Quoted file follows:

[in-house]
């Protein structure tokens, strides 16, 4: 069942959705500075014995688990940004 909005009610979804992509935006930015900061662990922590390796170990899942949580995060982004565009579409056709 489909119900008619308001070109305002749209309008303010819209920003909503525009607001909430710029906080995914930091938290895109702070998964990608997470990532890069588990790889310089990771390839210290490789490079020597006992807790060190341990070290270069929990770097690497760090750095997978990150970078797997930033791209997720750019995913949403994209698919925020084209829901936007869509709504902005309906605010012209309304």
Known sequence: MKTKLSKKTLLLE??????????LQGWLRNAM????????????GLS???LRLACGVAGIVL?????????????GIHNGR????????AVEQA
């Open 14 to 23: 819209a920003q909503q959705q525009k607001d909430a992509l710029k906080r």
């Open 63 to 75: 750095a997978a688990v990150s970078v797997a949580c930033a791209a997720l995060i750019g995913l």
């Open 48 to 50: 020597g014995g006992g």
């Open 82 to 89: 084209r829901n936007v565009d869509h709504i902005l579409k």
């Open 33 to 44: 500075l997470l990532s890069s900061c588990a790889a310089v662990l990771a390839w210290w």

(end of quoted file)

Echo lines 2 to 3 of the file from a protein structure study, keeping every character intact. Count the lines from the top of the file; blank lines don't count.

């Protein structure tokens, strides 16, 4: 069942959705500075014995688990940004 909005009610979804992509935006930015900061662990922590390796170990899942949580995060982004565009579409056709 489909119900008619308001070109305002749209309008303010819209920003909503525009607001909430710029906080995914930091938290895109702070998964990608997470990532890069588990790889310089990771390839210290490789490079020597006992807790060190341990070290270069929990770097690497760090750095997978990150970078797997930033791209997720750019995913949403994209698919925020084209829901936007869509709504902005309906605010012209309304």
Known sequence: MKTKLSKKTLLLE??????????LQGWLRNAM????????????GLS???LRLACGVAGIVL?????????????GIHNGR????????AVEQA